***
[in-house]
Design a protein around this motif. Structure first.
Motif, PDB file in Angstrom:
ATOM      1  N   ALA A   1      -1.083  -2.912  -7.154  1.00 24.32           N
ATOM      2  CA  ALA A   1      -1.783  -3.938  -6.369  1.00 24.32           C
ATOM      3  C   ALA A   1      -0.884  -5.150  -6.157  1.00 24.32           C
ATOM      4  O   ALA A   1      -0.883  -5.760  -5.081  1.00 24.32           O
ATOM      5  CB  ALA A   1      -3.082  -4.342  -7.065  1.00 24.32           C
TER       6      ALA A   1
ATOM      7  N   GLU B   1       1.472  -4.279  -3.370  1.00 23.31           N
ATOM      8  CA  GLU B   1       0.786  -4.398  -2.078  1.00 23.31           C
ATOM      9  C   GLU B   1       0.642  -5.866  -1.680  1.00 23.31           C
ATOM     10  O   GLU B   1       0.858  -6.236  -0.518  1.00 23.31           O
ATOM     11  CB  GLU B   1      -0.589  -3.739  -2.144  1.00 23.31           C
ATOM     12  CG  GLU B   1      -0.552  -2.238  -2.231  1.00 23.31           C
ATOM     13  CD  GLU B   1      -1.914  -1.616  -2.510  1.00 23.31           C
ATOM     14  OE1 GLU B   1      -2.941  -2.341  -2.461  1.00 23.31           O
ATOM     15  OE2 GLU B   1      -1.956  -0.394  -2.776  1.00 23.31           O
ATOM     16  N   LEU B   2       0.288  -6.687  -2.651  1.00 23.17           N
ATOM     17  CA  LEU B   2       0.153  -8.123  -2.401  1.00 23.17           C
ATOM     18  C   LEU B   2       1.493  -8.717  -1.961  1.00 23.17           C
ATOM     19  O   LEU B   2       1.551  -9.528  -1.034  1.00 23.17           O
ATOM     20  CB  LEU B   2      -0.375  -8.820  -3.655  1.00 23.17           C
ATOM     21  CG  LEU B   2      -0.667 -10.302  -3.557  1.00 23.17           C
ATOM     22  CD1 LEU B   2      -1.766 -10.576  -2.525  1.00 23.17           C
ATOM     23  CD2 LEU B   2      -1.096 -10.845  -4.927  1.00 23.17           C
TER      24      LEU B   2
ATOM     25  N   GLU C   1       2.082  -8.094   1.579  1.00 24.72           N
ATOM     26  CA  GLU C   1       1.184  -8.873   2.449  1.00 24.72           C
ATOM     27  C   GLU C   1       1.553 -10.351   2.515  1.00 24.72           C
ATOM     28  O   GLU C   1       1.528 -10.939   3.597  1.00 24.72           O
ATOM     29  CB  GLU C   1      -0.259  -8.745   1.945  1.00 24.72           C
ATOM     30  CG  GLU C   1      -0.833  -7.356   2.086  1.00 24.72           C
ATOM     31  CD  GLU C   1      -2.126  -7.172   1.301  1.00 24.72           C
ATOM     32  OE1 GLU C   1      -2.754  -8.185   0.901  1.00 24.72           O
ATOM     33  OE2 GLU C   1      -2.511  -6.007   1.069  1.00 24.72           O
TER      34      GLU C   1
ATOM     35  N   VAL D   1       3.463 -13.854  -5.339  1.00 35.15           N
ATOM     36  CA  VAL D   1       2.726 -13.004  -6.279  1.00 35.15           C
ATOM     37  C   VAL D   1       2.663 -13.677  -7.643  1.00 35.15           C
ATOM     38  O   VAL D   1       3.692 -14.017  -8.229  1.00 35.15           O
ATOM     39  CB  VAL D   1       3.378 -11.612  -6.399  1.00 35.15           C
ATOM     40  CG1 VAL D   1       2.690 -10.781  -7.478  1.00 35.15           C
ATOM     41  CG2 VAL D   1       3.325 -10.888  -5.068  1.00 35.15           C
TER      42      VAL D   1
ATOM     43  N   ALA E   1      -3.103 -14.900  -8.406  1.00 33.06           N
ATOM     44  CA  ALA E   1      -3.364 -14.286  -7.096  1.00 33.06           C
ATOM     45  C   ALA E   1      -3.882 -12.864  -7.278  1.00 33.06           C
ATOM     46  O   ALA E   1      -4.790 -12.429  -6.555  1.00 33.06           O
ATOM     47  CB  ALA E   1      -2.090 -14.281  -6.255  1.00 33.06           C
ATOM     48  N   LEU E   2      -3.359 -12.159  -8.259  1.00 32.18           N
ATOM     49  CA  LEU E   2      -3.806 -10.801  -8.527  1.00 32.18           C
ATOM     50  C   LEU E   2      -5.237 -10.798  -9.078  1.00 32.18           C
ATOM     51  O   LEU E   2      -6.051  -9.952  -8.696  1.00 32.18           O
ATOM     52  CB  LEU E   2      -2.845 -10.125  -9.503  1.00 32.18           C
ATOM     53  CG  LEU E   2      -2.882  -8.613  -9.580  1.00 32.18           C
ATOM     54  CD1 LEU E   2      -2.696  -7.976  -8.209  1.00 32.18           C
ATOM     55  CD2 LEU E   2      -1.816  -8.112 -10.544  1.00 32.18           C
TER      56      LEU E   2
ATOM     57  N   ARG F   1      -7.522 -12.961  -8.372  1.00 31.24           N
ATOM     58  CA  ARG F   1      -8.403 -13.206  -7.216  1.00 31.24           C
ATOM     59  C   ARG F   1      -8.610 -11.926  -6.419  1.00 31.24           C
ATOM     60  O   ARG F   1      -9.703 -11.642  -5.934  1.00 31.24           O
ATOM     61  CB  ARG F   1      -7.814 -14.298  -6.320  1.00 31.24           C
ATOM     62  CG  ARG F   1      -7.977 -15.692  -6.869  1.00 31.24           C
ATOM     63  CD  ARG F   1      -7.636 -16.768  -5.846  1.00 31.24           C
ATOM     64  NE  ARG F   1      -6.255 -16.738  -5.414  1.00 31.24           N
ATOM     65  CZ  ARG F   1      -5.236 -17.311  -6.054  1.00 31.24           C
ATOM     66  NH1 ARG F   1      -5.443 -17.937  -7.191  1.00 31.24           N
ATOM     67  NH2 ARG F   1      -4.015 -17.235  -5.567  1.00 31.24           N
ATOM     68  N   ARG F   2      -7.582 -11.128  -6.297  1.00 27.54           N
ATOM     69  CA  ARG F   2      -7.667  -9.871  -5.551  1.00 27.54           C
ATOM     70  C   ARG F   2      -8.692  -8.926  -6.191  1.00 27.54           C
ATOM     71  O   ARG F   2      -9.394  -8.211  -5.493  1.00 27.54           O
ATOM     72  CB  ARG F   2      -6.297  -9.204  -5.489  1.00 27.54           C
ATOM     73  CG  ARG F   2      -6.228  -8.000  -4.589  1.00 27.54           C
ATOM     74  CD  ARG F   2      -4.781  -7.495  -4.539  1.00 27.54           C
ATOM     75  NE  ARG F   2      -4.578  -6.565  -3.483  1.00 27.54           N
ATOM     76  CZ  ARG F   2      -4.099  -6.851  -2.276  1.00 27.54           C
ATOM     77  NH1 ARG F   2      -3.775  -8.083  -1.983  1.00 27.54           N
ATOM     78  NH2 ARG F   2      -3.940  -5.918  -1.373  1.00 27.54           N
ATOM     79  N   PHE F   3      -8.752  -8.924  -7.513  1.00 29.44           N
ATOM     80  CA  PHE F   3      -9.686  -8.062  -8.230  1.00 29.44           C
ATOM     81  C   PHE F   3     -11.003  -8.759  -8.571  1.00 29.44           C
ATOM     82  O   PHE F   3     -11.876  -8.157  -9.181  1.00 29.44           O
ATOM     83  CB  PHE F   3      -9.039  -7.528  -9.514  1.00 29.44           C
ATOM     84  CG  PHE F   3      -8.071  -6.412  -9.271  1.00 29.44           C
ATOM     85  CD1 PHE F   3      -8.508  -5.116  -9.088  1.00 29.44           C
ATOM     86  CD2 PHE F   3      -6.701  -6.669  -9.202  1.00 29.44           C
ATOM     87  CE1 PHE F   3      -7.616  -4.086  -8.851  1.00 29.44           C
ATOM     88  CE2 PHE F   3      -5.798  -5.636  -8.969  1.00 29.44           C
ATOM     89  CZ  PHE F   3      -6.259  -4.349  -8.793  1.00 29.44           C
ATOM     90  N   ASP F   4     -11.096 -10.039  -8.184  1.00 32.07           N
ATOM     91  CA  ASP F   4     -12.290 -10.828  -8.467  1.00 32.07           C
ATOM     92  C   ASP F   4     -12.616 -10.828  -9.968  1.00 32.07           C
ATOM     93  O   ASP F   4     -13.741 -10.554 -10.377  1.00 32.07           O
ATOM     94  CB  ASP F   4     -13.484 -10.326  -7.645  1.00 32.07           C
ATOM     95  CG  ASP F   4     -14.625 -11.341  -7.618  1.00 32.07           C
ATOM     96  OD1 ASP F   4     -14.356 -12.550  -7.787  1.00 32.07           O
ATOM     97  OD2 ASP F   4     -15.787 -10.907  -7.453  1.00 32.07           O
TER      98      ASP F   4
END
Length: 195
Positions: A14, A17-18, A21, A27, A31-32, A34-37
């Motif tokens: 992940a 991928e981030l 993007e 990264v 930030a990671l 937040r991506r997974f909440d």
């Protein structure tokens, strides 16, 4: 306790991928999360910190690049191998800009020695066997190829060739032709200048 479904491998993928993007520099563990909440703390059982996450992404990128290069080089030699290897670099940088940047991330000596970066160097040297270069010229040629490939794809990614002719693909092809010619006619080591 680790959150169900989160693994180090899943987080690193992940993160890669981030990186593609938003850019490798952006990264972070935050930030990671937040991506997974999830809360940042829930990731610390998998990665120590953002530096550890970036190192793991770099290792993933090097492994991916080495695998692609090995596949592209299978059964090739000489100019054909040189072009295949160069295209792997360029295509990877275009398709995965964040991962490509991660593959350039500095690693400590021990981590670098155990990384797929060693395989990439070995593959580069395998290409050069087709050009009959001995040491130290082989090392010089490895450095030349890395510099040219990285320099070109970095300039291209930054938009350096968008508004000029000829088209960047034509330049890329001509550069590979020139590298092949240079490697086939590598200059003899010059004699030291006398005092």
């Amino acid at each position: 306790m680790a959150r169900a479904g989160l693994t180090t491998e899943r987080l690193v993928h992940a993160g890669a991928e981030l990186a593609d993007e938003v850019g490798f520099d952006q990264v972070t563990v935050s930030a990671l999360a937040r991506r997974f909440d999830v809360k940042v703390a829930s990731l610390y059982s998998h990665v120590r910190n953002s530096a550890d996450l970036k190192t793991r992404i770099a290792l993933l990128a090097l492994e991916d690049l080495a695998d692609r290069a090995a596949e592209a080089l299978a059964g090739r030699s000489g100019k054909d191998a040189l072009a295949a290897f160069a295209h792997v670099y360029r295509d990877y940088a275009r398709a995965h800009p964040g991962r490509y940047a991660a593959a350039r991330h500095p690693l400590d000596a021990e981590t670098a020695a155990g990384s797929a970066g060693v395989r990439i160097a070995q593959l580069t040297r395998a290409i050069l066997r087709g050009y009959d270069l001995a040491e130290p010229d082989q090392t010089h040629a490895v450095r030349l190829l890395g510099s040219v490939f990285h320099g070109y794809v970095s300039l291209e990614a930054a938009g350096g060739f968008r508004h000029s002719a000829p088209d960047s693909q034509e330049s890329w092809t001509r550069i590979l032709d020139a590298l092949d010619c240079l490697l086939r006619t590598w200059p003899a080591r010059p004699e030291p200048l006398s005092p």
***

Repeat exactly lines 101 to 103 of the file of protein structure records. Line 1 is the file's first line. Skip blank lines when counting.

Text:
TER      98      ASP F   4
END
Length: 195